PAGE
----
After the fall of socialism and the break-up of Yugoslavia, new national monuments were raised, but in some areas Croatia, Kosovo old multiethnic monuments were also widely demolished. Memories of national victims and the victims of communism swiftly and abundantly took over the public spaces. New states and new value systems had to be fed by a grand monumental symbolic capital. In order to make it more plausible, the erection of monuments to the victims of the civil war of the s was diligently followed by a widespread search for the victims of communist violence.
This article is an observation of new monuments as important weapons in the contemporary civil war of memory in the region.
They do not carry the messages of the dead, but rather help those who are alive speak to the living. They awaken memories, and politicize emotions. It is an instrumental resistance against oblivion. All graveyards are spatial symbols of the continuity of a social group, and a monument is a material symbol of the dead individual.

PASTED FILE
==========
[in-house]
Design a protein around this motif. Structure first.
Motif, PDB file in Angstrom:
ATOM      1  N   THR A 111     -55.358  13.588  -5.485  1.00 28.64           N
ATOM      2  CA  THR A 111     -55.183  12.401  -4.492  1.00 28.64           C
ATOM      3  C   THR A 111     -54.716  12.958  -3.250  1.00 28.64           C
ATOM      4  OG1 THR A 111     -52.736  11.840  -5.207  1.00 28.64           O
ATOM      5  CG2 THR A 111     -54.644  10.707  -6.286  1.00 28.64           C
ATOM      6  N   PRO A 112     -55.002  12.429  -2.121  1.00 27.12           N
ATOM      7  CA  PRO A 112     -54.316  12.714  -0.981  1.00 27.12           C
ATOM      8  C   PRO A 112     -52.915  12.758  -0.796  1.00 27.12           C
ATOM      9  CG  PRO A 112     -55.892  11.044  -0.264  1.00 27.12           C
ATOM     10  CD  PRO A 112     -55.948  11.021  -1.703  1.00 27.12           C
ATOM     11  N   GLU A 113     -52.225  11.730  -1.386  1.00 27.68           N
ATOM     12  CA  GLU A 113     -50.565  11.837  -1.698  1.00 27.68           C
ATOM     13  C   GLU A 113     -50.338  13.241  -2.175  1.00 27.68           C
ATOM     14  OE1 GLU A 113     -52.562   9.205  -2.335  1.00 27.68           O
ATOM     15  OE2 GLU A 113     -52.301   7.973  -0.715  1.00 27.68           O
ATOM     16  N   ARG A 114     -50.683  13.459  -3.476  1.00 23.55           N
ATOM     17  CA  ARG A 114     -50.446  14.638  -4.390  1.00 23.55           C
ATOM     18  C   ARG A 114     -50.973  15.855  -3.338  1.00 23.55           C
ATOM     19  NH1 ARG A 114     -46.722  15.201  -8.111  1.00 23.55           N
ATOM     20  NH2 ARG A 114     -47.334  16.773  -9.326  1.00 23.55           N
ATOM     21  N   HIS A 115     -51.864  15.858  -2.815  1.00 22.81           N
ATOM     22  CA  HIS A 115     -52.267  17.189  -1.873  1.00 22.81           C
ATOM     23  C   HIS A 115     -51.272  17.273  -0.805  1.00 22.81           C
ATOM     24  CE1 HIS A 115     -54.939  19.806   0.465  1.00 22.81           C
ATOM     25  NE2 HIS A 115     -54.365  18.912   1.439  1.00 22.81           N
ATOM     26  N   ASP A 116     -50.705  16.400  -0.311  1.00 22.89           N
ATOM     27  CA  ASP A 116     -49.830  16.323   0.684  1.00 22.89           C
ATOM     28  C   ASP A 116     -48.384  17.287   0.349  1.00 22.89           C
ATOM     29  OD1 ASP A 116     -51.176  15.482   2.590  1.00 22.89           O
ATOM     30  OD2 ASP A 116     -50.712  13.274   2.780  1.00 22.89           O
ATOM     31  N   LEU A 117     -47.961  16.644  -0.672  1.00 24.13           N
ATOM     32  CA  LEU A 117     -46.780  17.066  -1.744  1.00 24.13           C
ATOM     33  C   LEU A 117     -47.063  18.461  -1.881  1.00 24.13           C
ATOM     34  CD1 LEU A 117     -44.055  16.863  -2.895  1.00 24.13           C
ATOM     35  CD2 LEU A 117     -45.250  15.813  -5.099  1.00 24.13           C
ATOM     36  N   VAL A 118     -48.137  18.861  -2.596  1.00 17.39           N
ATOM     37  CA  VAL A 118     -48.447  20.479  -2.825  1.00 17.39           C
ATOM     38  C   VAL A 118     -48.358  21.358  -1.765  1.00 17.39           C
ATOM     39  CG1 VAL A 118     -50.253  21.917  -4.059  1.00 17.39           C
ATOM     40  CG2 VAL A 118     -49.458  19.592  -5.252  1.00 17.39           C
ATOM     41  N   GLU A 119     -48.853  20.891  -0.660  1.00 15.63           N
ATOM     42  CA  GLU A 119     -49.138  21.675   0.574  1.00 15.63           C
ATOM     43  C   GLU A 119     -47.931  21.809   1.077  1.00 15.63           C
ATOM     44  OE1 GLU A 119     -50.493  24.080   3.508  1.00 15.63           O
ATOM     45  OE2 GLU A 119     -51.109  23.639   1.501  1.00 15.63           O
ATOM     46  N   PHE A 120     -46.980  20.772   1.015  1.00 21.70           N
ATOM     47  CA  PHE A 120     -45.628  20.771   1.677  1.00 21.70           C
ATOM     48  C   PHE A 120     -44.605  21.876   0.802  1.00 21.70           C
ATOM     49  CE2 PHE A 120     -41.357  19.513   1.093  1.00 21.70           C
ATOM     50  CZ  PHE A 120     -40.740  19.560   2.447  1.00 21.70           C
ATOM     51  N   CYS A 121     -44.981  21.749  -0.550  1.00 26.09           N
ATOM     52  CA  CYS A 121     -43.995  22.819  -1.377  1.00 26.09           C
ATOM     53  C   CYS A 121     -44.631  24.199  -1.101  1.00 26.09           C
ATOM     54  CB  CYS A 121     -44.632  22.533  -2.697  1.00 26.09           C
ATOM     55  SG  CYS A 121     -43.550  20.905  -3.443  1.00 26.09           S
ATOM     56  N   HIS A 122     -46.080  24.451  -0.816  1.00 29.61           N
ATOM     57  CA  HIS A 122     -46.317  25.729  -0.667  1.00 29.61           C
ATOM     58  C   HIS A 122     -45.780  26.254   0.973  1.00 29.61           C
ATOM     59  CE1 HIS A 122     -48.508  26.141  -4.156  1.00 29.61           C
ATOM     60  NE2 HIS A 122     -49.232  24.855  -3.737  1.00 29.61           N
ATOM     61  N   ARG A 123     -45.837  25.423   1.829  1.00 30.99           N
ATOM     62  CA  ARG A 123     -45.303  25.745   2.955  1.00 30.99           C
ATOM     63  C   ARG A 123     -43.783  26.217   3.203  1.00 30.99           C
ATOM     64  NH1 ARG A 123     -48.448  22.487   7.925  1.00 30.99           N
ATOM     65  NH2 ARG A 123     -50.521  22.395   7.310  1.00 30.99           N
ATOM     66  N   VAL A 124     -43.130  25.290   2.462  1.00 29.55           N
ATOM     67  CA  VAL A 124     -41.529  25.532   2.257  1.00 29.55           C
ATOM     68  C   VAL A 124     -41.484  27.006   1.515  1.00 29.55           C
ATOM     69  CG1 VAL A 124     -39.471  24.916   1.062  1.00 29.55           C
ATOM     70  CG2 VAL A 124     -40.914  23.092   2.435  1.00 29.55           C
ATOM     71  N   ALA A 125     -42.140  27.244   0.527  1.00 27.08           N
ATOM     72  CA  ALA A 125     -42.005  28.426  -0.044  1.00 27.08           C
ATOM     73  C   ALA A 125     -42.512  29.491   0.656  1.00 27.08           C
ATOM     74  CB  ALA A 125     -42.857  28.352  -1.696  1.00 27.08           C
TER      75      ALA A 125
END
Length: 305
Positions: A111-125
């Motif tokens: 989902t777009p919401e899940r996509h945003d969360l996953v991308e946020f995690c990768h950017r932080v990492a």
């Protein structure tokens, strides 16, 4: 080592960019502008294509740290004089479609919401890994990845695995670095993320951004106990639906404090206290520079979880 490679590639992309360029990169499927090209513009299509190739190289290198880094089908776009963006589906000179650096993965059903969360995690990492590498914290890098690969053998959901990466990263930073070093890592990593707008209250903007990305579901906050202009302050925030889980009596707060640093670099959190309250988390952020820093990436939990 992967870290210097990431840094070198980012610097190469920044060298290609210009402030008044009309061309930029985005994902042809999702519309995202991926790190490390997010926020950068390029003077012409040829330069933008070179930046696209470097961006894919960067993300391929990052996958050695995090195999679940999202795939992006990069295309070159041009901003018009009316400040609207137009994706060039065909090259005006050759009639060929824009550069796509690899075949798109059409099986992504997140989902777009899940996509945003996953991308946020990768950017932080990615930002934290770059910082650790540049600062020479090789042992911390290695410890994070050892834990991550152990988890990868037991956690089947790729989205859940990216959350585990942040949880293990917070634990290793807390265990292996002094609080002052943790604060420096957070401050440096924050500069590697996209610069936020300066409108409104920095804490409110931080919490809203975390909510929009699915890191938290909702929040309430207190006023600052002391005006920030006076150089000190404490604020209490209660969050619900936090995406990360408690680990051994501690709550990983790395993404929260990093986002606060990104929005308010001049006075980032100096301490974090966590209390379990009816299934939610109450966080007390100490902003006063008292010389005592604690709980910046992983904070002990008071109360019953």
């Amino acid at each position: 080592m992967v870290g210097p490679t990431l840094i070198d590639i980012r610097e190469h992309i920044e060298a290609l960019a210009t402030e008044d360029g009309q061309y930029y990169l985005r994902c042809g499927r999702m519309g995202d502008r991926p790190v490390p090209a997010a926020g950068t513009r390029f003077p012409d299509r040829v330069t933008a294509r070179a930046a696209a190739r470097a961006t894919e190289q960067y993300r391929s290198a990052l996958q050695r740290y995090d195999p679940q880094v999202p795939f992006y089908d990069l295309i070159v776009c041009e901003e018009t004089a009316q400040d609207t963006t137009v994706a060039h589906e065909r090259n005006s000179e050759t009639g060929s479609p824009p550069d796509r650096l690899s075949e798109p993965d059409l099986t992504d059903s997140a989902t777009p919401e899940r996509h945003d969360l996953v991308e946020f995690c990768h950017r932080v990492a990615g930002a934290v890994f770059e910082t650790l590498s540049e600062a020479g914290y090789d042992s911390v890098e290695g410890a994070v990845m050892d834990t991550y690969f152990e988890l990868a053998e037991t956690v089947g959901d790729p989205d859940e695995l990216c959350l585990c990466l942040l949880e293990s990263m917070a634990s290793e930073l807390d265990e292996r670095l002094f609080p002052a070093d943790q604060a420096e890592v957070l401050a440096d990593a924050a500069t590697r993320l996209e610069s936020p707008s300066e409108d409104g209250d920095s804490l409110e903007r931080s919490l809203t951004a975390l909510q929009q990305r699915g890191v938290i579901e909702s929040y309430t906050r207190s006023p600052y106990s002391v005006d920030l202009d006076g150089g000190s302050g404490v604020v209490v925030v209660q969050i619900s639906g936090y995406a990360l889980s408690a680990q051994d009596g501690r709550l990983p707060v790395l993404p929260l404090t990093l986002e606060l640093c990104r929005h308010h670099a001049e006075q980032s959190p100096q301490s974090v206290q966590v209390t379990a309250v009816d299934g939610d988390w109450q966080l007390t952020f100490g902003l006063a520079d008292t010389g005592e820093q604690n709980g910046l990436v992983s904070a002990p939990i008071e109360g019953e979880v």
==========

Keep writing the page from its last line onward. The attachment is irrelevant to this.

Monuments are erected by the government. In order to be plausible, their monumental symbolism has to suggestively express the power of the government. They are not places of grief but a source of newfound power. Although European rulers had for centuries been depicted in paintings in the images of Apollo, Hercules or Odysseus, the most prominent symbol of public monuments was the horseman.
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The Middle Ages inherited the invincible warrior riding a powerful horse from Antiquity, but this monumental symbol was often impersonal. They were erected to French kings and German princes. The next phase came in the 19 th century, when, according to historian E. Hobsbawm, this tradition evolved into a statue-mania: monuments were erected to fathers of the nation in the USA and South America, and to general political symbols in France.